People sometimes misinterpret the Bible and try to use it to support or validate their positions on various issues. Sometimes this is done because of failure to properly study the scriptures. Sometimes people are just repeating what someone else said the Bible means. Sometimes it is quite on purpose because they don't care what the Bible really means. They just want to twist the scripture for their own purposes. One area where this has become common recently is where the Bible speaks of strangers. This topic has not been used to try to justify everything from illegal immigration to not vetting people coming from known harbors of terrorism for the sake of national security. These topics are highly controversial, and this blog will certainly not settle these issues across political lines; but it will endeavor to examine what the Bible actually says about strangers. The following points are submitted for consideration:
1. Strangers were not people who broke the laws of the land and immigrated illegally.
2. Strangers were not political refugees from the sworn active enemy nations of Israel that
were allowed to enter Israel with no vetting.
3. Strangers were not enemy combatants from foreign lands. If they were, they would have
been killed if at all possible.
4. Strangers were not people from other nations who were allowed to migrate to Israel and
break their laws.
5. Almost every verse in the the Bible (and all those in the Old Testament) that speak of
strangers is talking about people who simply were not Israelites. They were Gentiles. The
Old Testament was based on covenants God made with Abraham and his descendants.
Strangers were people not descended from him, and more specifically from his son Isaac
and his son Jacob.
6. The Bible commands kind treatment of friendly strangers (Lev 19:10, Lev 23:22, Lev 25:35
Deut 10:18-19, Deut 14:28-29, Deut 16:11 & 14, Deut 23:7, Deut 24:14-21, Deut 26:11-13, 1Ki
8:41-43, Is 56:3, Jer 7:6, Jer 22:3, Eze 22:7 & 29, Eze 47:22-23, Zech 7:10, Mal 3:5, Mt 25:35-
44, 1Tim 5:10, Heb 13:2, 3Jn 5). It also warns against vexing them (Ex 22:21, Ex 23:12, Lev
19:33-34). However, the residents of Canaan were to be annihilated by Israel when they
entered the promised land because they were spiritual and political enemies (Ex 23:23-24,
Deut 7:1-6, Deut 12:1-4, Deut 20:17).
7. Therefore the Gentiles that were allowed to live among the Israelites had to assimilate to
their culture and follow their laws if they wanted to be part of them. There was no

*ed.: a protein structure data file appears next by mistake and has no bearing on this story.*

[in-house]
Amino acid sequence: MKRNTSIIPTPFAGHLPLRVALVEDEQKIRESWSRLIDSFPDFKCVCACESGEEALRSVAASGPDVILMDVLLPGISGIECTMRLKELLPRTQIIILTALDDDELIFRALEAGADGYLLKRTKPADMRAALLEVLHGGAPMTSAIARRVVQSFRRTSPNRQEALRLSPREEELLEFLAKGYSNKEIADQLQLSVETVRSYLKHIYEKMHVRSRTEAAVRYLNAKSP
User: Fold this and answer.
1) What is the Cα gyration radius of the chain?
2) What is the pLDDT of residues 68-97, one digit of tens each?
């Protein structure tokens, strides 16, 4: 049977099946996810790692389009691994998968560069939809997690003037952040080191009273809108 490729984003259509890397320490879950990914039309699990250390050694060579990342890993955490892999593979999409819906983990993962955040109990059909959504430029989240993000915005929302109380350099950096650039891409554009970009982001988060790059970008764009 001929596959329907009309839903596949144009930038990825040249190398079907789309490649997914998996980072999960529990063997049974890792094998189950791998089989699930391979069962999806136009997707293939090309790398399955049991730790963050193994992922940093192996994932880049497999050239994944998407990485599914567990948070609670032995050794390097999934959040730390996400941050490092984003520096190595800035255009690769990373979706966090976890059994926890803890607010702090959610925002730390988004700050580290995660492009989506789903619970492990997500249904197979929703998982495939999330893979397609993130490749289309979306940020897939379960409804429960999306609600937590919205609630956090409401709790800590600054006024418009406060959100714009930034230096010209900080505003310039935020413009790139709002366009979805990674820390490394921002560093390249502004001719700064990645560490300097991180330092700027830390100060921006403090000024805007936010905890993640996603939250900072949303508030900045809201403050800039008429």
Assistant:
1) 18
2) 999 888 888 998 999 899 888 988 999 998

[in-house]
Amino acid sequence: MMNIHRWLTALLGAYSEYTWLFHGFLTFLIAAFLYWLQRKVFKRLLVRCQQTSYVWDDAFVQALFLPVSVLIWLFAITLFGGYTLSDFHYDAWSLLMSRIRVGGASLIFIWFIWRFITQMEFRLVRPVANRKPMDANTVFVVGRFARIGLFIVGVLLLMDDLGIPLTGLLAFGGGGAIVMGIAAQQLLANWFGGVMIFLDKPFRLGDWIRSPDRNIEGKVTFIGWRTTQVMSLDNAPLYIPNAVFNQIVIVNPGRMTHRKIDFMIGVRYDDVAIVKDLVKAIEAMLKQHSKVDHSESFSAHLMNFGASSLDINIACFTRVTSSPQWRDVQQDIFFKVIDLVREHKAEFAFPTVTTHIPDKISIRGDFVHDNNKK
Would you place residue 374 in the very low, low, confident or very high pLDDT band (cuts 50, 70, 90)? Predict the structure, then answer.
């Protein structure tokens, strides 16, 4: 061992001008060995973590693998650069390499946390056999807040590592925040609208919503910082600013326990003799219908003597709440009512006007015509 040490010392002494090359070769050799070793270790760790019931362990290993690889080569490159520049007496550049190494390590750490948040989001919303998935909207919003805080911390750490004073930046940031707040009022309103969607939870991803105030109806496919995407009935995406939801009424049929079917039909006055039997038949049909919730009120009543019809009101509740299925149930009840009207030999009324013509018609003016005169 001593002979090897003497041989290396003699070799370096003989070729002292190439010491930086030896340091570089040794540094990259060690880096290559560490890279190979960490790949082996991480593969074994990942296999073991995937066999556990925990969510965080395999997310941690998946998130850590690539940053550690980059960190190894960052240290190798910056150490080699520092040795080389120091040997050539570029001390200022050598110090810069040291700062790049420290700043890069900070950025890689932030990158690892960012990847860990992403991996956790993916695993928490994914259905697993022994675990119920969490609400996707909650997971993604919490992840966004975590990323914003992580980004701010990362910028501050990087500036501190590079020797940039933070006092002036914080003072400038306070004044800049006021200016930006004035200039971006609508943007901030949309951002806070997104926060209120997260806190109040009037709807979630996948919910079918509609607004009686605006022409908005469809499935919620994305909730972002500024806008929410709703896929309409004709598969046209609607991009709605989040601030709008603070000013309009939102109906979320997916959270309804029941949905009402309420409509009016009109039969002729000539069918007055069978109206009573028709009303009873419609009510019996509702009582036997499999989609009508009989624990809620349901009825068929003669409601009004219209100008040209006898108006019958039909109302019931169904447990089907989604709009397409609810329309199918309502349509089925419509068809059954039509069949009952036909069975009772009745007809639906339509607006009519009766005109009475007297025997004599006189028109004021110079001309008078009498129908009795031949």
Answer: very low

expectation of accomodation of the customs of the nations they came from. In fact, that
was expressly forbidden. Here are Jewish laws strangers were required to keep in same
manner the Jews did:
a. Circumcision - Gen 17:12
b. Passover - Ex12:19 & 43-49, Num 9:14, Deut 5:14, Is 56:6
c. Sabbath - Ex 20:10
d. Day of atonement - Lev 16:29
e. No eating of blood - Lev 17:12
f. Uncleanness - Lev 17:15
g. Sexual abominations - Lev 18:26
h. idolatry - Lev 20:2, Eze 14:7
i. Offerings - Lev 22:18, Num 15:14-16
j. Blaspheme - Lev 24:16
k. All Mosaic laws - Lev 24:22
l. Sins of ignorance - Num 15:26-30
m. Ashes of the red heifer - Num 19:10
n. Cities of refuge - Num 35:15, Josh 20:9
o. Judgment - Deut 1:16, Deut 24:7, Deut 27:19
p. One covenant for both - Deut 29:4, Deut 31:12
8. Strangers did not have the same status as Israelites in some aspects:
a. Strangers had limited access and in regards to the tabernacle were totally forbidden
under penalty of death (Ex 12:43, Ex 29:33, Ex 30:33, Lev 22:10-13, Num 1:51, Num 3:10 &
38, Num 16:40, Num 18:4 & 7).
b. Strangers could not own Israelite slaves - Lev 25:38-39
c. A stranger could not be king of Israel - Deut 17:15
d. A stranger could not lend an Israelite money with interest - Deut 23:20
e An Israelite widow could not marry a stranger - Deut 25:5
f. A stranger being above the Israelites was a sign the Israelites were cursed for their sins
- Deut 28:43
9. They very fact that the Bible speaks so much about strangers shows that they are clearly
considered a different group of people, and that not all people are to be considered
exactly the same with no distinctions at all. Christians and unbelievers are clearly differentiated in the same way in the New Testament. Christians are called saints, the
house of God, the sons of God, the bride of Christ, the family of God, the body of Christ.
or the church (which means called out ones), and unbelievers are called the world. The
church is to be holy, which means separated from the world unto God. The world is the
value system which is contrary to the word of God and those who follow it. The church is
repeatedly admonished to guard its identity and culture from being diluted by the world.
Every nation must likewise guard its identity, culture, and laws from being diluted. There is
no such thing as multi-culturalism (2Ki 17).
Israel was warned about the danger of allowing those who refused to assimilate and keep their laws (Ex 23:23-24, Deut 7:1-6, Deut 12:1-4, Deut 20:17). The danger God warned them of was that they would lose their culture, their values, and eventually their nation (Num 33:55, Josh 23:13). The church must also be aware of this, and any nation whose culture should be preserved.
In conclusion, the Bible does not condone illegal immigration, unvetted people from dangerous places being allowed to freely immigrate, false compassion, or lax or no enforcement of national laws (Rom 13:1-7). People should be aware that misrepresenting what the Bible teaches is a very serious matter with eternal consequences (Deut 4:2, Prov 30:5-6, Rev 22:18-19). We should also avoid turning the Bible into a political propaganda book. It is the holy word of God which shows us how to saved from our sins, come into a relationship with God, and do His will.